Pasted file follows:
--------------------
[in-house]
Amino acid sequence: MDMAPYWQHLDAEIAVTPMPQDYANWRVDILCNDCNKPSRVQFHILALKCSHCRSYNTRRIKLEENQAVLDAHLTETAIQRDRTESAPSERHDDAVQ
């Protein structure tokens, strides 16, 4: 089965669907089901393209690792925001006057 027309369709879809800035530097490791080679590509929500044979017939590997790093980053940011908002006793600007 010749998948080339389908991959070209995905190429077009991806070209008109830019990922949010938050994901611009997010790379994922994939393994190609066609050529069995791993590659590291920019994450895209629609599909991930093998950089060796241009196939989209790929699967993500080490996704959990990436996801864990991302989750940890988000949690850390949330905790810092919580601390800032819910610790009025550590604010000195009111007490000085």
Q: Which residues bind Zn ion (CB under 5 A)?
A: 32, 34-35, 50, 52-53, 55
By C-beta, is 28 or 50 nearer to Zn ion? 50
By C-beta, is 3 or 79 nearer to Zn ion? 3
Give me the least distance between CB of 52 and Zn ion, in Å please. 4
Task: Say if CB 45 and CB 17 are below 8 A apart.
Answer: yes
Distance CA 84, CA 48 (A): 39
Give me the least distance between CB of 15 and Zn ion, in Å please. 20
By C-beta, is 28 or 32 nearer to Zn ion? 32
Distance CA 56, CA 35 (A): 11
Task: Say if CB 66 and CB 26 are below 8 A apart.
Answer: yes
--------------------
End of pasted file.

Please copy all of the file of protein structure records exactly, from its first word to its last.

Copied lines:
[in-house]
Amino acid sequence: MDMAPYWQHLDAEIAVTPMPQDYANWRVDILCNDCNKPSRVQFHILALKCSHCRSYNTRRIKLEENQAVLDAHLTETAIQRDRTESAPSERHDDAVQ
């Protein structure tokens, strides 16, 4: 089965669907089901393209690792925001006057 027309369709879809800035530097490791080679590509929500044979017939590997790093980053940011908002006793600007 010749998948080339389908991959070209995905190429077009991806070209008109830019990922949010938050994901611009997010790379994922994939393994190609066609050529069995791993590659590291920019994450895209629609599909991930093998950089060796241009196939989209790929699967993500080490996704959990990436996801864990991302989750940890988000949690850390949330905790810092919580601390800032819910610790009025550590604010000195009111007490000085």
Q: Which residues bind Zn ion (CB under 5 A)?
A: 32, 34-35, 50, 52-53, 55
By C-beta, is 28 or 50 nearer to Zn ion? 50
By C-beta, is 3 or 79 nearer to Zn ion? 3
Give me the least distance between CB of 52 and Zn ion, in Å please. 4
Task: Say if CB 45 and CB 17 are below 8 A apart.
Answer: yes
Distance CA 84, CA 48 (A): 39
Give me the least distance between CB of 15 and Zn ion, in Å please. 20
By C-beta, is 28 or 32 nearer to Zn ion? 32
Distance CA 56, CA 35 (A): 11
Task: Say if CB 66 and CB 26 are below 8 A apart.
Answer: yes